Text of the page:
The coronavirus pandemic has heightened the split in the U.S. economy. Some with hefty retirement accounts dipped into the money and rode out a choppy economy, while those who lived paycheck to paycheck cut back and scraped by as best they could.
“There were two different experiences during the pandemic,” Dan Egan, vice president of Behavioral Finance and Investing at Betterment Financial in New York, told Newsweek.
“Those who had a white-collar job and a healthy nest egg sailed through easily, and many contributed more to their retirement account,” he said. “But if you had a service-industry job, the pandemic knocked you off the ladder.”
Many people with stable jobs deposited the first government stimulus checks in retirement or savings accounts, while those struggling at the lower end of the economic scale used the money to meet routine expenses, he said.
In April, the unemployment rate rose to 14.7%. It was 3.5% before the economic shutdown that was imposed as part of the effort to curb spread of the coronavirus. A total of 20.5 million people were out of work last spring. The current unemployment rate is 6.9%, the Labor Department reported – twice what it was at the outset of the pandemic.
The U.S. Commerce Department said consumer spending, which represents about two-thirds of the nation’s economic activity, fell 13.6% in April, the sharpest decline since the government started tracking consumer spending in 1959. It surpassed the previous record-high decrease of 6.9% in March.
Against this backdrop, some people had no choice but to dip into their retirement accounts.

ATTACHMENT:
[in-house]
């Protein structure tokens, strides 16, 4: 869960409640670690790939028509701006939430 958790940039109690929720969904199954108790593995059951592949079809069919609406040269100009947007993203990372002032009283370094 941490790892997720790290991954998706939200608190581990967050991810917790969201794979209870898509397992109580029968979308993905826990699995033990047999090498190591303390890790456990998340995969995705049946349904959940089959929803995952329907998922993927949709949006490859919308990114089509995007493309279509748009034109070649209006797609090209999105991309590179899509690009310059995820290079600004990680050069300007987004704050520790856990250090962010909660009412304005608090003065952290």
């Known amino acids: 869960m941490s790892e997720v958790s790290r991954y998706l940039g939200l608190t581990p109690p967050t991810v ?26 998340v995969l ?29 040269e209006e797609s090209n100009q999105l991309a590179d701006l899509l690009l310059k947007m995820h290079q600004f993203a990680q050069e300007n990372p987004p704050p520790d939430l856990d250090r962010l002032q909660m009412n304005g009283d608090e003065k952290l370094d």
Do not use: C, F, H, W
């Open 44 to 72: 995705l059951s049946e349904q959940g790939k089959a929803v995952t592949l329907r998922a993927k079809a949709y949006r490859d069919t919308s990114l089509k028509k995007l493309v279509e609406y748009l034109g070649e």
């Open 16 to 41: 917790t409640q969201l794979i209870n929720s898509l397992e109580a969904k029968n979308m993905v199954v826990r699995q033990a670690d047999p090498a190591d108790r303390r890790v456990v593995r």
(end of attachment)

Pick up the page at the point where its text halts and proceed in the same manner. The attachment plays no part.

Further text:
Defined contribution retirement plans, typically funded by automatic withdrawals from an employee’s paycheck, are at the center of private-sector retirement plans in the U.S. Vanguard, a provider of mutual and exchange traded funds, said about 100 million workers participate in such programs, with assets totaling an estimated $8.8 trillion.
The Coronavirus Aid, Relief and Economic Security Act (CARES), signed into law in March, provides penalty relief and greater flexibility in withdrawals from retirement accounts by those hit by the COVID-19 pandemic.
The CARES Act allows those with traditional IRAs and employer-provided 401(k) plans to withdraw as much as $100,000 from a retirement account without a 10% penalty for those under age 59.5 years. In general, one-third of the money withdrawn will be considered as taxable income for the next three years. Money withdrawn can be repaid to the retirement account.
The Investment Company Institute (ICI), a Washington-based trade association for U.S. and international investment companies, reported that withdrawals from defined-contribution retirement plans were slightly higher in the first three quarters of 2020 than in previous years, but remained low,
In the first three quarters of this year, 3.4% of plan participants withdrew money from their account, compared with 3.3% for the same period in 2019. During the economic turmoil in 2009 caused by the collapse of the subprime mortgage market, such withdrawals equaled 2.6% of all accounts.
The trade group said 1.2% of plan participants took hardship withdrawals through September 30 of this year, compared with 1.6% for the same period a year ago and 1.3% in 2009, when the collapse of the subprime housing market led to the Great Recession. Hardship withdrawals since 2019 “may reflect” financial problems stemming from the coronavirus pandemic, ICI said.